Toyota's first unintended acceleration trial dismissed on technicality

U.S. District Judge James V. Selna has dismissed the first unintended acceleration lawsuit against Toyota in California on the grounds that it should have been filed in Utah. Automotive News reports that the case was brought to court by the families of two people killed in a Utah crash in 2010.
Judge Selna found that a federal warranty claim in the lawsuit failed to meet a required threshold of $50,000. The warranty claim was levied toward the dealer that sold the vehicle, and since the judge ruled that the plaintiffs couldn't use personal injury or punitive damages in warranty claim, the lawsuit fell short of the threshold. That meant that the case fell back under Utah jurisdiction.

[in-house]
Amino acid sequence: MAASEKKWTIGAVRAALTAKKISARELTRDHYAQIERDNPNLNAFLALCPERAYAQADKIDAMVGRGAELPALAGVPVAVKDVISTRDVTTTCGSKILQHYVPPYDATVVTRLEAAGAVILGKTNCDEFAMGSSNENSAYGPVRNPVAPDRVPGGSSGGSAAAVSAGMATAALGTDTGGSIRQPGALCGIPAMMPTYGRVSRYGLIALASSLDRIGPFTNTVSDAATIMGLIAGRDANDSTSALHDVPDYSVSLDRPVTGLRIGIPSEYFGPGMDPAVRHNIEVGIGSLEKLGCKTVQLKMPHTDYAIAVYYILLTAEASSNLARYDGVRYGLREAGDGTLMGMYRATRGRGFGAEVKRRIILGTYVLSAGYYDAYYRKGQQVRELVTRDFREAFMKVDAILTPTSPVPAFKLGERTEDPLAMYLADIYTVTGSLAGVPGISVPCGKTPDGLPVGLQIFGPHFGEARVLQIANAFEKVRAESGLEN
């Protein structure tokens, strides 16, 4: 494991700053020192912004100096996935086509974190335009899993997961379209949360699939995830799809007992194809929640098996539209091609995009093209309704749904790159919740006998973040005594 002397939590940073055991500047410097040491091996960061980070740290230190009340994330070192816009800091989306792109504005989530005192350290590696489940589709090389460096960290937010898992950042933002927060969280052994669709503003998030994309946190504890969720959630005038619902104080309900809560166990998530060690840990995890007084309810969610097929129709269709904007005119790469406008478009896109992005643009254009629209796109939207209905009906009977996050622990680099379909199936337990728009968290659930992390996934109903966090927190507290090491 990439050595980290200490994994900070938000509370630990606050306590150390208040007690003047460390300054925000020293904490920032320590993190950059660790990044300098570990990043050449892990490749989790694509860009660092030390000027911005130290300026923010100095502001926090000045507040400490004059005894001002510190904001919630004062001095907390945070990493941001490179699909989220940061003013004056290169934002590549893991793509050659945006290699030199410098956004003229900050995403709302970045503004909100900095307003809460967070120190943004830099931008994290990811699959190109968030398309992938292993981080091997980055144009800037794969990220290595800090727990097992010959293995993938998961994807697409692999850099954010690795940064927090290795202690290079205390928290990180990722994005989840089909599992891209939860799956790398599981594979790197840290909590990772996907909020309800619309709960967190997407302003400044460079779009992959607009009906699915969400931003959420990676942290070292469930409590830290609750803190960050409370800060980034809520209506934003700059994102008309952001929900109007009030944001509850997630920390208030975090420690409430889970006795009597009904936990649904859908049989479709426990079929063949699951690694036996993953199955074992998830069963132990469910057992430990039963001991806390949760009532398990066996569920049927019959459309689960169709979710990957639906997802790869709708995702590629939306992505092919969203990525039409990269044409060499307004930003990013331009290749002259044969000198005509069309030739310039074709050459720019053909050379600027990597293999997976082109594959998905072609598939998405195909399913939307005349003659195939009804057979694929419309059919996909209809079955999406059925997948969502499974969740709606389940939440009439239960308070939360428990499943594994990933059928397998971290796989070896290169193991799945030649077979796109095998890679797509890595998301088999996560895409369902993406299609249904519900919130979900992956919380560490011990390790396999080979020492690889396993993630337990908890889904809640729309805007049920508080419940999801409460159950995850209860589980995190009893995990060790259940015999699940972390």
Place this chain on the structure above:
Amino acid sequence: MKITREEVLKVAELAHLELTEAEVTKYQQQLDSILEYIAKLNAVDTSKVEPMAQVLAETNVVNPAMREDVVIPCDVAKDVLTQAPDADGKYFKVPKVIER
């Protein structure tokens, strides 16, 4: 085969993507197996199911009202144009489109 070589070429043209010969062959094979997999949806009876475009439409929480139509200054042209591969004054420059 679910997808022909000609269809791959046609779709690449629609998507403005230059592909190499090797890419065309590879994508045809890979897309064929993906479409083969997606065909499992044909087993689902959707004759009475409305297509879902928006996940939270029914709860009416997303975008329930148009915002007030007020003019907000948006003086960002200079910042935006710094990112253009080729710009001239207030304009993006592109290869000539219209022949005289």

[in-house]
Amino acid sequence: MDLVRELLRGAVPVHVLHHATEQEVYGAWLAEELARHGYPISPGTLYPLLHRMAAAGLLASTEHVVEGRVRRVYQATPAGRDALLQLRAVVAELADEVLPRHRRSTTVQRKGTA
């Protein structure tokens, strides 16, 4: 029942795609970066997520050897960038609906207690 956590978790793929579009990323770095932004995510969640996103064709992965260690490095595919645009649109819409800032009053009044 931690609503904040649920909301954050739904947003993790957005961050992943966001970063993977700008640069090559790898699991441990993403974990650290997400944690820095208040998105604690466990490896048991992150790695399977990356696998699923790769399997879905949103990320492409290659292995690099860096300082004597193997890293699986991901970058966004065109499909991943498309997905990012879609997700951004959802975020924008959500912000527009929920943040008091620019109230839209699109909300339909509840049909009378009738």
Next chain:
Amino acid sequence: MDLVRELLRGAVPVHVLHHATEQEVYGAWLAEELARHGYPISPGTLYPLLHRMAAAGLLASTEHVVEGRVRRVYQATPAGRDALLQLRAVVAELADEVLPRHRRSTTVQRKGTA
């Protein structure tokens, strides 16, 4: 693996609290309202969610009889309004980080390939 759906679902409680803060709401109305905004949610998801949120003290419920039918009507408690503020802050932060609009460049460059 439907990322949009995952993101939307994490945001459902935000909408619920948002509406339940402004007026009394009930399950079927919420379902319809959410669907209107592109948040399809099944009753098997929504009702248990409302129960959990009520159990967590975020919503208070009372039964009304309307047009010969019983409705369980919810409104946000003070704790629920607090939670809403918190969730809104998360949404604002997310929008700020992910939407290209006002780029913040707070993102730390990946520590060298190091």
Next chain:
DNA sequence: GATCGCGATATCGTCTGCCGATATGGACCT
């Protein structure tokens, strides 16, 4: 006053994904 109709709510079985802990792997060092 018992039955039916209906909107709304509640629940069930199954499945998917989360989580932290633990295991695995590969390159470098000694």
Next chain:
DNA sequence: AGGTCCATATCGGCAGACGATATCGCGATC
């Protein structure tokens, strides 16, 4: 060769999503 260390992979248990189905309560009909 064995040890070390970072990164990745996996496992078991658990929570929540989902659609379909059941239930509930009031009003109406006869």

Meanwhile, Mark Robinson, the plaintiffs' attorney, said that he's already working to draft another complaint that leaves the dealer out as a defendant altogether. Doing so will allow the suit to go forward seeking full punitive damages. The suit alleges that Toyota failed to install a brake override system or otherwise prevent unintended acceleration. The case is thought to be a litmus test for similar suits around the country.

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